Under the NHI, medical schemes will only
offer top-up cover for those services not covered by the NHI, the NHI will be
funded through a central fund (partially funded from a payroll levy), medical
brokers will be done away with (they currently receive R1.5 billion rand per
year), and doctors will be able to access the central fund if they choose to
participate in the NHI.
These were some of the key announcements
made by Health Minister Aaron Motsoaledi at the release of the White Paper on
National Health Insurance at a press conference in Pretoria.
Read: 10 NHI facts
The NHI will not be a sprint, but will be
an ultramarathon, said Motsoaledi.
The Cabinet met on 9 December, and it was
presumed that the NHI White Paper was on the agenda, as it was later confirmed
that the cabinet had approved the White Paper, and that public comment would be
purpose of the NHI
National Health Insurance “seeks to
transform the South African Healthcare system with emphasis on the promotion of
health and the prevention of diseases. It also seeks to provide access to
quality and affordable healthcare services for all South Africans based on
their health needs irrespective of their socio-economic status”, according to the
South African Government website.
The government green paper was released in
August 2011, and it proposed that the NHI would be implemented within 14 years.
Pilot districts were established in all nine provinces.
will the money come from?
The cost of implementing the NHI is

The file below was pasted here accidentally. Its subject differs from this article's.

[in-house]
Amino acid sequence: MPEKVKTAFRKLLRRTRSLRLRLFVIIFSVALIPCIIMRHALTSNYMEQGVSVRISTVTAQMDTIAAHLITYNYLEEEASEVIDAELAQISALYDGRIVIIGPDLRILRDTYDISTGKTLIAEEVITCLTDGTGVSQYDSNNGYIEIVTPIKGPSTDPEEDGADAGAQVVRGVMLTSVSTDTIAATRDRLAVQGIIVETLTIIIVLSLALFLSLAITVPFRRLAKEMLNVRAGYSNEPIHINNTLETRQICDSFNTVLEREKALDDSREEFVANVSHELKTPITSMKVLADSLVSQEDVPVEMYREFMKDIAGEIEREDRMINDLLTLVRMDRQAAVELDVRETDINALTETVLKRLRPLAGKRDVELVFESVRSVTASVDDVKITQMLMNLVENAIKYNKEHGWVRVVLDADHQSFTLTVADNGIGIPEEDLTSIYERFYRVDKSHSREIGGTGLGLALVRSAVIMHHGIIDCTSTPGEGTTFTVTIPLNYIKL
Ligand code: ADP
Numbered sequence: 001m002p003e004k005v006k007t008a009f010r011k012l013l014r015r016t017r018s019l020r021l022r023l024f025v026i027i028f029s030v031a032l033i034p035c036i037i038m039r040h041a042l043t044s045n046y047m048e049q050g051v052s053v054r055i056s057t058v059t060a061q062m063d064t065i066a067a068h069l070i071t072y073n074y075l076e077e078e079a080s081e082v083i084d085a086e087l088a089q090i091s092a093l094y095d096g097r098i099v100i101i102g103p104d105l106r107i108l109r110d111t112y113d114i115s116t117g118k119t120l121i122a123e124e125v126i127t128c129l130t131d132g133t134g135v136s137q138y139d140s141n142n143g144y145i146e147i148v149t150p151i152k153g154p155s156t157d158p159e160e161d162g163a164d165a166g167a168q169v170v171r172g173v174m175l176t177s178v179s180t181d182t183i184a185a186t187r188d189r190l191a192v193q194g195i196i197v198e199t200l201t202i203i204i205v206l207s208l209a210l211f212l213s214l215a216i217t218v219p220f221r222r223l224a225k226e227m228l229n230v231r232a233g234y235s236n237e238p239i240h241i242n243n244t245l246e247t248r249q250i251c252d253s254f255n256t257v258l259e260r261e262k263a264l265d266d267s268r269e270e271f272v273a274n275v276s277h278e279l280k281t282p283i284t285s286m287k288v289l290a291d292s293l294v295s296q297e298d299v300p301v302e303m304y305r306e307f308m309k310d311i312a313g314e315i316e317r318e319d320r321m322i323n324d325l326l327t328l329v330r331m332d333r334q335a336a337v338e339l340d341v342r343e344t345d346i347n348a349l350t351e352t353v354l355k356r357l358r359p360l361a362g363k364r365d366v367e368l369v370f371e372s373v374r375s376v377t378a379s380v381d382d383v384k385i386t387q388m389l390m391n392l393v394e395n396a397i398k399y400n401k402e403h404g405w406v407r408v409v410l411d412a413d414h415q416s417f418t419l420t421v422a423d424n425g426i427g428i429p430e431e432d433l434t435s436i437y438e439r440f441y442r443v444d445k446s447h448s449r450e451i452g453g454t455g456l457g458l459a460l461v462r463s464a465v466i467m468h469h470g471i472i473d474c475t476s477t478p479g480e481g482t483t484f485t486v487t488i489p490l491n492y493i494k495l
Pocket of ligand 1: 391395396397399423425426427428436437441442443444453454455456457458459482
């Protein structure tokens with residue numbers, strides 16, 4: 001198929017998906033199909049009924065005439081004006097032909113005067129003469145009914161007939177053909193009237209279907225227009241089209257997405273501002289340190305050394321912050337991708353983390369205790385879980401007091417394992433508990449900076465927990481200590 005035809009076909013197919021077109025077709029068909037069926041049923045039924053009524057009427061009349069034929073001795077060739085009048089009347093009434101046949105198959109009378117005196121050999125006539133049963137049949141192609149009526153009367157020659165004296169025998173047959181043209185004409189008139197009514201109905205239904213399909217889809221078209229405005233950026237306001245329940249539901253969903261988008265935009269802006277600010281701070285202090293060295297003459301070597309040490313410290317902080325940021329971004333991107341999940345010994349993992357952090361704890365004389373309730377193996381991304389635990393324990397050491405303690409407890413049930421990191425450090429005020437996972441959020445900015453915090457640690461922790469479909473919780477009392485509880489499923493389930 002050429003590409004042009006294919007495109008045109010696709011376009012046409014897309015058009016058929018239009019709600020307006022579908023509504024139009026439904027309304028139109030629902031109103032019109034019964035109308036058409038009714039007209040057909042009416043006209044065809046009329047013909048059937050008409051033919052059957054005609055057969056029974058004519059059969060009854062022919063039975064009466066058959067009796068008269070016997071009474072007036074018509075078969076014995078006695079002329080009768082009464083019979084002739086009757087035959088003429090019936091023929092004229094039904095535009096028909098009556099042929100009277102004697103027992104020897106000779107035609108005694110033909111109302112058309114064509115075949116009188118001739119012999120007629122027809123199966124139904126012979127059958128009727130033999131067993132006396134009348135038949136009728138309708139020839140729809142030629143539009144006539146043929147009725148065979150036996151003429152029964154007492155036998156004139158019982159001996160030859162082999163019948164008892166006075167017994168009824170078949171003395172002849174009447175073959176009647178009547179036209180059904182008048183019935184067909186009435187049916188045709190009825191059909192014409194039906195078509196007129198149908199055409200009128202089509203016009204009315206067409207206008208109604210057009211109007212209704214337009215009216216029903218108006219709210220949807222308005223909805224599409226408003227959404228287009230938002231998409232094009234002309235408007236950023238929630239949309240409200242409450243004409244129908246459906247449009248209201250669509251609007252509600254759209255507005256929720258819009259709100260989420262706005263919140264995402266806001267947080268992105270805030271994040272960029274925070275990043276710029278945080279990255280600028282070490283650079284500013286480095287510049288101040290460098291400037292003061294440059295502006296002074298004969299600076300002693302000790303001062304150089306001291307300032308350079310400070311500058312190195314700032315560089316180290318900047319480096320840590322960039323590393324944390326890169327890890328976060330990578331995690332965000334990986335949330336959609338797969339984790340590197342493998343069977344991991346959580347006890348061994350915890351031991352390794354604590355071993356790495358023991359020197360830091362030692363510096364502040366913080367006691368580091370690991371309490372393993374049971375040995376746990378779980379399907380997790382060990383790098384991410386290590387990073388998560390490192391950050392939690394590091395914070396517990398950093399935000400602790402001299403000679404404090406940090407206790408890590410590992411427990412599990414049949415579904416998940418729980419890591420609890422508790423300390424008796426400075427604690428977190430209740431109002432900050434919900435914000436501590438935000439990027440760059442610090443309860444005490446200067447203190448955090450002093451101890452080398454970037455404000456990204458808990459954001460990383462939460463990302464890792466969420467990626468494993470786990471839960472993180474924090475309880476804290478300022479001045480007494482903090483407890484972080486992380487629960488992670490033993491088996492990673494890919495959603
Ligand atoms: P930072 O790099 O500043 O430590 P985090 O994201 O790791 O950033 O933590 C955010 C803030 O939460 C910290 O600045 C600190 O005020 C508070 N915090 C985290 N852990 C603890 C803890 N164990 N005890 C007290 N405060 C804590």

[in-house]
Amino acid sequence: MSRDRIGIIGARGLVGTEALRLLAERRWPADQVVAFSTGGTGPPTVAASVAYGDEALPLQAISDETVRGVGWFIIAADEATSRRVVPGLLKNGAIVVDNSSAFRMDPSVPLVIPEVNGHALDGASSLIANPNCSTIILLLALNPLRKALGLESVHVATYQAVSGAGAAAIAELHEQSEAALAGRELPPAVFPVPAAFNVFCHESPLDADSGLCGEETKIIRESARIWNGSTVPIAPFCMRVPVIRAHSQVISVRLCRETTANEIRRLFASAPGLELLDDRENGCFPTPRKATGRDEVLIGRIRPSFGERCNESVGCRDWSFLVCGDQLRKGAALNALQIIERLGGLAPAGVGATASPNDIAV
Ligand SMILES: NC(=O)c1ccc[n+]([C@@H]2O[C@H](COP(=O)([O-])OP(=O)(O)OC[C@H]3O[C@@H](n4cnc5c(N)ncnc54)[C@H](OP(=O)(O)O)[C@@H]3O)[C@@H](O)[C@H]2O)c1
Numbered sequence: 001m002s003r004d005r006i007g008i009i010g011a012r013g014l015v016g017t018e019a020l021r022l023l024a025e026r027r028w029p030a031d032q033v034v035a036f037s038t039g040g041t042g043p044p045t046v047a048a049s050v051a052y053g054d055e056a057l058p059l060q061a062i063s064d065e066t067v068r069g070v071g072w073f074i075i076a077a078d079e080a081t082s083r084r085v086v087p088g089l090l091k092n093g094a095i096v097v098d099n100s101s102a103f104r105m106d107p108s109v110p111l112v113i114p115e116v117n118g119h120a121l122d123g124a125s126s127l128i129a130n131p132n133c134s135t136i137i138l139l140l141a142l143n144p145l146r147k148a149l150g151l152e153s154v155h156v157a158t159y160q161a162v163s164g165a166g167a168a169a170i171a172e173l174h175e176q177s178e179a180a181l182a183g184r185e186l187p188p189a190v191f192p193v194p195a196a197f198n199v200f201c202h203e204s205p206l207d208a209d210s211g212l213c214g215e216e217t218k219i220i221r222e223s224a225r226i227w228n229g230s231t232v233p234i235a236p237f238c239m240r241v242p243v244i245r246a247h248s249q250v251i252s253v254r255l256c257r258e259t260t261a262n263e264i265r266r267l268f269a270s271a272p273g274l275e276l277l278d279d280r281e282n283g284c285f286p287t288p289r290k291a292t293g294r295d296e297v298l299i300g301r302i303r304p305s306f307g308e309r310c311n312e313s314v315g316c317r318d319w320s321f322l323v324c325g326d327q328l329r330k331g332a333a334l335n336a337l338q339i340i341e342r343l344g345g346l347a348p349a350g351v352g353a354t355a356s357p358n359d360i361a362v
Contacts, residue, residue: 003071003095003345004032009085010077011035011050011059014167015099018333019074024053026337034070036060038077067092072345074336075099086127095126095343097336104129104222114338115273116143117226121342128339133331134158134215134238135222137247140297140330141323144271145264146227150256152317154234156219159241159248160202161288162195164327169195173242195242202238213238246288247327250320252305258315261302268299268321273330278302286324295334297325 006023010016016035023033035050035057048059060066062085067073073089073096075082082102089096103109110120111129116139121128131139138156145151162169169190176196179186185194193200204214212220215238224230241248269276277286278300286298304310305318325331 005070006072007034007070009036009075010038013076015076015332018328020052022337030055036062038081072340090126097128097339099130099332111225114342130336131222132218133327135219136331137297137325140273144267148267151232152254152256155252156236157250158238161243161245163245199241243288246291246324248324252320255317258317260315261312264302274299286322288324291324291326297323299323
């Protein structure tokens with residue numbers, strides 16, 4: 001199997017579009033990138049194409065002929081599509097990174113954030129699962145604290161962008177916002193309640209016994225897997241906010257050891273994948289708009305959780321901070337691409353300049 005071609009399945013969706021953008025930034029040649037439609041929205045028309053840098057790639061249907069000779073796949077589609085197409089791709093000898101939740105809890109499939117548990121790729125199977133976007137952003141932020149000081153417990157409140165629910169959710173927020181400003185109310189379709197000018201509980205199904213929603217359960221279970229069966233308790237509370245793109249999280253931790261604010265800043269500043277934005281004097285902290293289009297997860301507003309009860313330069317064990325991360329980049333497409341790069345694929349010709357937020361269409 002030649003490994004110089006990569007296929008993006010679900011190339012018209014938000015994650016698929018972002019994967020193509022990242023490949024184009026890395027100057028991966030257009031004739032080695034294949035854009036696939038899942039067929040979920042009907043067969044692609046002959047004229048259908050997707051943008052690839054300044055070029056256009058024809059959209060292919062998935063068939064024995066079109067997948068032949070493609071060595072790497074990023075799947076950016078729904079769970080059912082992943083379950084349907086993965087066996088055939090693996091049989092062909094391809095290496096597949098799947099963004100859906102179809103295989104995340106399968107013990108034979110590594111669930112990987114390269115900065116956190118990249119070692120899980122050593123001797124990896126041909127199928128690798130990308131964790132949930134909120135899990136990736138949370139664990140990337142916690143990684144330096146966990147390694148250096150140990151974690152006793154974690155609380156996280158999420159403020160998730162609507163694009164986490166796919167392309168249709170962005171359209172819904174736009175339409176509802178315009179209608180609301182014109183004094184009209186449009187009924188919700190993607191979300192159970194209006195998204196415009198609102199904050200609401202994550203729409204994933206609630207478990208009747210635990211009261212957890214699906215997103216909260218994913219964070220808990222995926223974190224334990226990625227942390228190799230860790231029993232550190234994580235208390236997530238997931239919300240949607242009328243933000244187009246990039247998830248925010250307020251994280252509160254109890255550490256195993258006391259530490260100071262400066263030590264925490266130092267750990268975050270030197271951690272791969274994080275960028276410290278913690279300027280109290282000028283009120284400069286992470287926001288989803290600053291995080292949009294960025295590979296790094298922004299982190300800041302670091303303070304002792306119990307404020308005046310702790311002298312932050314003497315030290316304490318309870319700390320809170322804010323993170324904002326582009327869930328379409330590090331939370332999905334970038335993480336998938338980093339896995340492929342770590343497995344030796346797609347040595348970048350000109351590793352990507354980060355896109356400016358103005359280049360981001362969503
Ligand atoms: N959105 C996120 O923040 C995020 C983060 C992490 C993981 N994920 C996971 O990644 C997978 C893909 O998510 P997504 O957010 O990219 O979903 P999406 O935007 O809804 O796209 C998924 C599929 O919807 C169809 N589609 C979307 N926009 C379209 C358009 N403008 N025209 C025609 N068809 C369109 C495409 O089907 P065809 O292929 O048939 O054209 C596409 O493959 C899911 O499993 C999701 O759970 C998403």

projected to R225 billion by 2025. Possibilities of raising these funds,
according to reports from 2012, include a pay roll levy for all employed South
Africans, and increase in VAT, or an income tax surcharge. These possible
sources of revenue were confirmed on Friday by Motsoaledi in the press
conference in Pretoria.
SA’s economy is under increasing pressure,
and how the government proposes to fund the NHI is a topic of interest for all
South Africans. Another issue is how the public and private health sectors will
function alongside one another, and what the future would be of medical schemes
in South Africa. Motsoaledi announced on Friday that under the NHI, medical
schemes will only offer top-up cover for those services not covered by the NHI.
Read about the services the NHI
originally proposed to provide.
hospitals vs. private hospitals
There are state hospitals that would need a
serious upgrade and in 2013 President Zuma proposed that this would be
undertaken through public-private partnerships. Motsoaledi confirmed in
Friday’s address that you can’t have a proper healthcare service without a
proper healthcare infrastructure. He has also consistently attacked private
hospitals for the high cost of the care they provide, saying that this
contributes to high medical inflation.
“Everyone wants to own a private hospital
in SA, because they say there is money in it”, he said on Friday. He also
mentioned that most European countries are moving to mandatory universal
healthcare coverage and compared Obamacare to what the NHI is trying to achieve
in South Africa.
The minister has expressed ongoing concern
about the fact that 80% of the medical specialists in the country are servicing
only 16% of the population – something the NHI is set to address. One of the
ways of achieving this would be requiring doctors to show a certificate of need
before being allowed to practise in certain areas. There is still no certainty
with regards to the implementation of this.
Read about the possibility of the
certificate of need being implemented under the NHI and what it would mean to
Concerns raised by commentators on the NHI
include financial constraints of already overburdened taxpayers, the possible
exodus of medical staff from the private sector to other countries, the poor
condition of many state facilities, the lack of properly trained managers and
the lack of trained medical staff willing to work in rural areas.
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